Sunday, November 18, 2012

A Winter's Day

As the days grow shorter and the temperatures drop, we're stuck inside more often and most people assume we'd get cabin fever. Well, G gets a bit of cabin fever, and I get a bit of annoyed at not having any quiet alone time because he and the dog are always stuck inside with me (not sure if that counts as cabin fever or not LOL).

A typical winter day looks like this:

  • 8-10a: try to ignore that the freak dog is whining to be let out, one of us eventually gets up to open the door and gets the fire & coffee going
  • 10-noon: the other one gets up & we get breakfast going, since the days are short there's no real use getting up before the sun
  • Noon-4ish: do the outside chores while we have light. Normally this is firewood-related or shoveling snow, but sometimes it's a trip into Manley or cutting lumber for indoor projects, etc.
  • 4-ish: when it starts getting too dark or cold to be outside, we'll either work on the indoor projects, or research/plan future projects, or general housekeeping for a few hours. If it's been a really cold/hard day outside, we'll just veg... G gaming on the XBox/PS3, and me reading or playing a PC game (or napping).
  • 9-ish: we'll cook & eat dinner
  • 10p & 3a:  "magic hour" when we have unlimited bandwidth on the satellite, so we'll either watch something on Netflix/Hulu (movie or TV), or do any large downloads (like updates, PDF books, or YouTube). If the satellite uplink isn't cooperating, we might watch a DVD, play a game, read, or go to bed early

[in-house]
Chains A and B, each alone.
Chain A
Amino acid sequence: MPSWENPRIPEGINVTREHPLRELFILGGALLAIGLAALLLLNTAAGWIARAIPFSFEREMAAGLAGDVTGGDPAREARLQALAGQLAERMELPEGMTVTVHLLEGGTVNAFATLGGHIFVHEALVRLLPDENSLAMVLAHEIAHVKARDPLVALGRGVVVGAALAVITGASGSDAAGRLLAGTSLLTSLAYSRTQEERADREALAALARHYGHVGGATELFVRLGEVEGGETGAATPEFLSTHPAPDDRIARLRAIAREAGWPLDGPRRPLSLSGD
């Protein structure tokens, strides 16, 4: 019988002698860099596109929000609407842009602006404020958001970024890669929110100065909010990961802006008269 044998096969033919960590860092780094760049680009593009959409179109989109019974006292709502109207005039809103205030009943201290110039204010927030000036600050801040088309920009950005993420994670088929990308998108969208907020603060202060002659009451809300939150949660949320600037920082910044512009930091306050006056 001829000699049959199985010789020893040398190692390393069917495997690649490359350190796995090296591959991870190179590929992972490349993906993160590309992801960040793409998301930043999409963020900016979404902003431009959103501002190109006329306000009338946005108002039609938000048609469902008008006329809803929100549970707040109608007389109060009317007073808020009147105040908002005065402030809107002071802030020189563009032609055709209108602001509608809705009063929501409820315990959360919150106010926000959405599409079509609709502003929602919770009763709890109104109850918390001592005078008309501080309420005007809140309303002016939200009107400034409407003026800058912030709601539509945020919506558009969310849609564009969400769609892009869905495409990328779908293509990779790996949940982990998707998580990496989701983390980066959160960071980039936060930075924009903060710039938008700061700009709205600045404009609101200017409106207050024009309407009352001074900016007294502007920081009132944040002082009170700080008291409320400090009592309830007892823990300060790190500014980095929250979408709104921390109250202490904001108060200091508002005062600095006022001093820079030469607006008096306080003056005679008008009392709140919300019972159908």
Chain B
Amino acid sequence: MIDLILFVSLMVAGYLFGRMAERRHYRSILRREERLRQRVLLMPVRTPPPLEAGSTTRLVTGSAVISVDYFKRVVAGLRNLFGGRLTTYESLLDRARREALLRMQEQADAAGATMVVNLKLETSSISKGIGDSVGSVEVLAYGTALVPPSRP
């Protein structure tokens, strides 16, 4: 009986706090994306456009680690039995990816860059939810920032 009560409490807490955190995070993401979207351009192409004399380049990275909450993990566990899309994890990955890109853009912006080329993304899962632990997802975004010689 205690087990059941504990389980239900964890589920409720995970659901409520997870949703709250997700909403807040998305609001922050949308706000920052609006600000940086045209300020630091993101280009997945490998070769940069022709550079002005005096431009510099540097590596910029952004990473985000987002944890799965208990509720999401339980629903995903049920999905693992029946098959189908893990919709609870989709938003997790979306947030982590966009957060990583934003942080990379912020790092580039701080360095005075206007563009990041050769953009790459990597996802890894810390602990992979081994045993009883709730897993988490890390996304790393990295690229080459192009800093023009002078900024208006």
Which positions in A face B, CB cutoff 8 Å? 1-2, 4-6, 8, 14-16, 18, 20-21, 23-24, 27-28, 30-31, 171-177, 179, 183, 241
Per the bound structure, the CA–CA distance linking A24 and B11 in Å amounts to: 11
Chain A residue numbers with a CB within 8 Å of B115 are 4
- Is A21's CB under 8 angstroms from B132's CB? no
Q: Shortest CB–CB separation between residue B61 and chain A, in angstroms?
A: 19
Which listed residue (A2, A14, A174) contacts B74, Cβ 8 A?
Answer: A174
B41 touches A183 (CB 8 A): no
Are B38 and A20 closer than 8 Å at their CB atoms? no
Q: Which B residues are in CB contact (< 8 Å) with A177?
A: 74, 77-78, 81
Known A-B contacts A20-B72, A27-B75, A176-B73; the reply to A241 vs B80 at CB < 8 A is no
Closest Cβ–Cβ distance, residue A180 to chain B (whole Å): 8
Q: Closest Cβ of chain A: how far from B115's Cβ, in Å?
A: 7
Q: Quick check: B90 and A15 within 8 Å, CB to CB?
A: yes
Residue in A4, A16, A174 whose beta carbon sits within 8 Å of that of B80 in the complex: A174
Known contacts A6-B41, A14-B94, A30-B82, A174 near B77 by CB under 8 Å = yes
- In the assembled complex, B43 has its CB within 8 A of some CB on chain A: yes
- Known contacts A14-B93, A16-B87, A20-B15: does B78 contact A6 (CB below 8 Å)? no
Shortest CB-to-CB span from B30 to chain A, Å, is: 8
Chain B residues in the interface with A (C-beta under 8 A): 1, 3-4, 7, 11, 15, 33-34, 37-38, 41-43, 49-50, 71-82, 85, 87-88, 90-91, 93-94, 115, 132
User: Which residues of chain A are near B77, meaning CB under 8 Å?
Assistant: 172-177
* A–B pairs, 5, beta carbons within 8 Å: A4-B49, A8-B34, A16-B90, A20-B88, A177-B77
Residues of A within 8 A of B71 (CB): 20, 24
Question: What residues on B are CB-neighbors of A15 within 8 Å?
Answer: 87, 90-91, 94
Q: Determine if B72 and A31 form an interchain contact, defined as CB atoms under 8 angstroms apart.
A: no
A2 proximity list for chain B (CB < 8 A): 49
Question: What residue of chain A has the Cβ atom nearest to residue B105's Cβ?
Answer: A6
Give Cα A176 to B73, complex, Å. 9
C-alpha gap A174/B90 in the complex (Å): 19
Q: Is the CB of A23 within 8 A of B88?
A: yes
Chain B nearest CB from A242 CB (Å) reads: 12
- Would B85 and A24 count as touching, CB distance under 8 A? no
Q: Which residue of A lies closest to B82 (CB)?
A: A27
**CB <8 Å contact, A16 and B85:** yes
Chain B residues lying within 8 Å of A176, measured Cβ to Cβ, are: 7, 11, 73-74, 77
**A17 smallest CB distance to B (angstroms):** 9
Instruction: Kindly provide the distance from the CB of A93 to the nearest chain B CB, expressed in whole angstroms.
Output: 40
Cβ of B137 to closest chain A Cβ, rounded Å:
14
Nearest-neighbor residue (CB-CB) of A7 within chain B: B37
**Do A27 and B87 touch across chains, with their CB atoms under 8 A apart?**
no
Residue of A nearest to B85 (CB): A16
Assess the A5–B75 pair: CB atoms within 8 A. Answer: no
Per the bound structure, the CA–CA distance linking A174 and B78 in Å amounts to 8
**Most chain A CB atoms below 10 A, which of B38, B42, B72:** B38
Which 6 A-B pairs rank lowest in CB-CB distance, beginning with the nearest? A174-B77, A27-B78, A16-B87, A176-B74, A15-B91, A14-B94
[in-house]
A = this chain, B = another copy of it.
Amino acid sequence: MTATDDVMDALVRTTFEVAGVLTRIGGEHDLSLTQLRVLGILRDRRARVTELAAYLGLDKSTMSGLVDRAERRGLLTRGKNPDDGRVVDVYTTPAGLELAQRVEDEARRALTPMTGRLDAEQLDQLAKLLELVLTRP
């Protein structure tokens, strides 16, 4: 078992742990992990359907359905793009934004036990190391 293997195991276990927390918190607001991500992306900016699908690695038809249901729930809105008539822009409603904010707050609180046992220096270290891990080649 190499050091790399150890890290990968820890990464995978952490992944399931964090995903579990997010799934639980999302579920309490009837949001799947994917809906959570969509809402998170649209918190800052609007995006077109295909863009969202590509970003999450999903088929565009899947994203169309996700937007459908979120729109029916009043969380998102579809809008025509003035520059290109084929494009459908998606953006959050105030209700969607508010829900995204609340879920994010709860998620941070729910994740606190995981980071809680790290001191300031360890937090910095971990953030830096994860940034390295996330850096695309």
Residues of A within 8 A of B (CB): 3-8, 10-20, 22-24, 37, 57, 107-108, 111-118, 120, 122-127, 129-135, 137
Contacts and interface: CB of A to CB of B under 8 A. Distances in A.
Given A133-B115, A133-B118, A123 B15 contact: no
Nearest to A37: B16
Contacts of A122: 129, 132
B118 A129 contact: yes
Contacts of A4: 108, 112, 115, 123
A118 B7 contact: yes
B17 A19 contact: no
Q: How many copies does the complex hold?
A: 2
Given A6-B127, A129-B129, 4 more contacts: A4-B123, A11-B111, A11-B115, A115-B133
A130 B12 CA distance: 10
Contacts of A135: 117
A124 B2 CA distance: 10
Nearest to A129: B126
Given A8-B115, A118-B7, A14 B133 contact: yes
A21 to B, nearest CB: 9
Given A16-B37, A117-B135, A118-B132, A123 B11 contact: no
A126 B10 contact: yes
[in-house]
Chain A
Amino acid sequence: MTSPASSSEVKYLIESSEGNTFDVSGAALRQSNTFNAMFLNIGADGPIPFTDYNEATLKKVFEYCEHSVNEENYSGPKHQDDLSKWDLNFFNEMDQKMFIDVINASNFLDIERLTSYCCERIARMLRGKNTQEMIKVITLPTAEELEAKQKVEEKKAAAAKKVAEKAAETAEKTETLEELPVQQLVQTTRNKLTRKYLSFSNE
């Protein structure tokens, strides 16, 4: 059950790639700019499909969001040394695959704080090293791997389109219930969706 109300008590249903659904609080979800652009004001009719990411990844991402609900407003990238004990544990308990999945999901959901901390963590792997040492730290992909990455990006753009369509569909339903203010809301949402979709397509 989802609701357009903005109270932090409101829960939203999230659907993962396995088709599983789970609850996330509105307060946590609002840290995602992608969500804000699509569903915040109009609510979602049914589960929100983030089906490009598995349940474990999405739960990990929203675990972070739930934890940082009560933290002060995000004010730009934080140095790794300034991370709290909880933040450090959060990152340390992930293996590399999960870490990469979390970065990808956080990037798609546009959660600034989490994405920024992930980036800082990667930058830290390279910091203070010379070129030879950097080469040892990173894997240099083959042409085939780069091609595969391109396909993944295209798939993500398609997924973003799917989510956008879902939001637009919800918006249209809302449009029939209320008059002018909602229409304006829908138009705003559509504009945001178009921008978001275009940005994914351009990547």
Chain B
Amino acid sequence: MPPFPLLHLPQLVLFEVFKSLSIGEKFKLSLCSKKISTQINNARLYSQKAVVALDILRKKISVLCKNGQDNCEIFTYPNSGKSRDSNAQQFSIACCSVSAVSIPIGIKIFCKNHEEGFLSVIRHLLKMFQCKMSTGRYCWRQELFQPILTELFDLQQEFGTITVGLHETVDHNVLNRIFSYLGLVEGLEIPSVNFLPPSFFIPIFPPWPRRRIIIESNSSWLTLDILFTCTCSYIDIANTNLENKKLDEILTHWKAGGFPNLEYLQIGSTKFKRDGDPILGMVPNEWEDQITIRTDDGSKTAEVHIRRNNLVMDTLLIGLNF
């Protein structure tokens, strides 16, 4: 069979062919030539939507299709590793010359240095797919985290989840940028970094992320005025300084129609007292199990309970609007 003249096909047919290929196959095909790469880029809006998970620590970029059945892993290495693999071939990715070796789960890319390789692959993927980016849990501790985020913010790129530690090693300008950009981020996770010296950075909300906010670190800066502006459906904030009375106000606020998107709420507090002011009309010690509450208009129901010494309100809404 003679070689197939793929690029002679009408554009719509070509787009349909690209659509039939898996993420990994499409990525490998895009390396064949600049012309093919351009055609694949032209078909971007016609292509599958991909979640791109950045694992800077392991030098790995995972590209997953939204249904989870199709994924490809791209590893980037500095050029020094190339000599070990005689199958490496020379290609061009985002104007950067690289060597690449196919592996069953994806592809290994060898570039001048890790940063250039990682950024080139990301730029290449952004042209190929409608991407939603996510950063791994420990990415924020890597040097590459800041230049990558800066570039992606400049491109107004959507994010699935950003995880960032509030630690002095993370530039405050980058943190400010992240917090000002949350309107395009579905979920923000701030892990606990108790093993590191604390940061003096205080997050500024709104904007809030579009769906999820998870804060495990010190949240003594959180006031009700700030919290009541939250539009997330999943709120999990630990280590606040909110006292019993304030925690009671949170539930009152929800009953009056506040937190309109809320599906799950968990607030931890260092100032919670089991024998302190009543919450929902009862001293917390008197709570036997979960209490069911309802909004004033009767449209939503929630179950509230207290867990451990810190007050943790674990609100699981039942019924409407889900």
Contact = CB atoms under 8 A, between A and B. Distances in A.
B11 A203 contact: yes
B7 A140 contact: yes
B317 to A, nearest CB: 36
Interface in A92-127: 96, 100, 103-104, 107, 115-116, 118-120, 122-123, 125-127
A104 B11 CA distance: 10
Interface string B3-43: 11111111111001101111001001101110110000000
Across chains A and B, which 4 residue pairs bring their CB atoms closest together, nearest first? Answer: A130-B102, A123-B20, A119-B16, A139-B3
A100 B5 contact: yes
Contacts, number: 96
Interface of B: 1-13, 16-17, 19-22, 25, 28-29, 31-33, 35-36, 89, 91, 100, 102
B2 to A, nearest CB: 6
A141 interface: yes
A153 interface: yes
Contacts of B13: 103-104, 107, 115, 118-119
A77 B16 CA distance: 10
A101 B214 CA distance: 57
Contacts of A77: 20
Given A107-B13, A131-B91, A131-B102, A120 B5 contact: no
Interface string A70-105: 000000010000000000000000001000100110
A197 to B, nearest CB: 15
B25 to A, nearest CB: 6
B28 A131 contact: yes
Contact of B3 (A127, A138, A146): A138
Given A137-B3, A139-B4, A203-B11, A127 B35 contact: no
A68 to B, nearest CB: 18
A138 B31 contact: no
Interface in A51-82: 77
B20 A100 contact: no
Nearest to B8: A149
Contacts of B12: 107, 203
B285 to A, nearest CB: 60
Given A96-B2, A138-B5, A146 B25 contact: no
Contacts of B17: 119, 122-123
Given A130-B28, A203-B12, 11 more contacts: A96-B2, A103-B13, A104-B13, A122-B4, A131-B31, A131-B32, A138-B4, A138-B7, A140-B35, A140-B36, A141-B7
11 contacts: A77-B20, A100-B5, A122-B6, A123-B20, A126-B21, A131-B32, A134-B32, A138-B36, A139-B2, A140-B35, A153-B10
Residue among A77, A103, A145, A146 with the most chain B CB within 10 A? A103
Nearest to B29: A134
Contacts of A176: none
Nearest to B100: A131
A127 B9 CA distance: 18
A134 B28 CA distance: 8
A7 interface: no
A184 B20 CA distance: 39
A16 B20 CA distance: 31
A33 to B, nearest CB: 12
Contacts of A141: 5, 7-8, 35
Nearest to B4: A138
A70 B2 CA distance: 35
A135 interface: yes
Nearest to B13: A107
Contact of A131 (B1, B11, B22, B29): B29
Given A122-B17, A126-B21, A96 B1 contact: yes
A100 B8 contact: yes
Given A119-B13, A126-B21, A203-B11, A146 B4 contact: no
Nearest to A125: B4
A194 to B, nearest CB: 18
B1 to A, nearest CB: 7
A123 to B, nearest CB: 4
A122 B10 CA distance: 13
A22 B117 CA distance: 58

• 2-4a: Bank the fire and go to bed
Since I'm a chronic insomniac & ultra-light sleeper, I'm usually the one who gets up first (darn dog!!) and goes to bed last. Since G sleeps like the dead, he's usually only the first up if I'm totally exhausted and sleeping really hard.

Likely, we'll have a bit more structure to our days once we get critters since we'll have to go out to give them (non-frozen) water and food, gather any eggs before they freeze solid, milk the goats/sheep, and generally make sure everyone is happy, warm and healthy. We're only planning to overwinter our laying/breeding flock, and don't expect them to produce in the winter... with marginal daylight and the cold, best to give them a break and let them put the majority of their resources into staying warm & alive.

P.S.  And what the %^$* is with the freakin' weather?!?!?  It's been majorly windy and warm (around zero), definitely not normal for late November. At least the snow isn't that deep yet, since it's blowing around at high velocity like a sandblaster and all sorts of stuff on the decks keep getting blown off so we have to hunt for it. Not just light/small stuff either!


Misty Pines Homestead said...

Around zero uh? Sounds pretty cold to us down here lol.I don't know about having animals up there,I'd be afraid they would freeze to death,but,if others have them and they survive thats great.Keep the fires burning girl!

Plickety Cat said...

LOL - yes, zero sounds cold to most folks who don't have winters in the sustained negatives. They'd be dressed in heavy coats, while we're still doing chores in a jacket. :D

The only critters I'm a little worried about are the poultry & fowl. The goats, sheep and rabbits are all really cold hardy (warm-blooded mammals); but birds are slightly less so.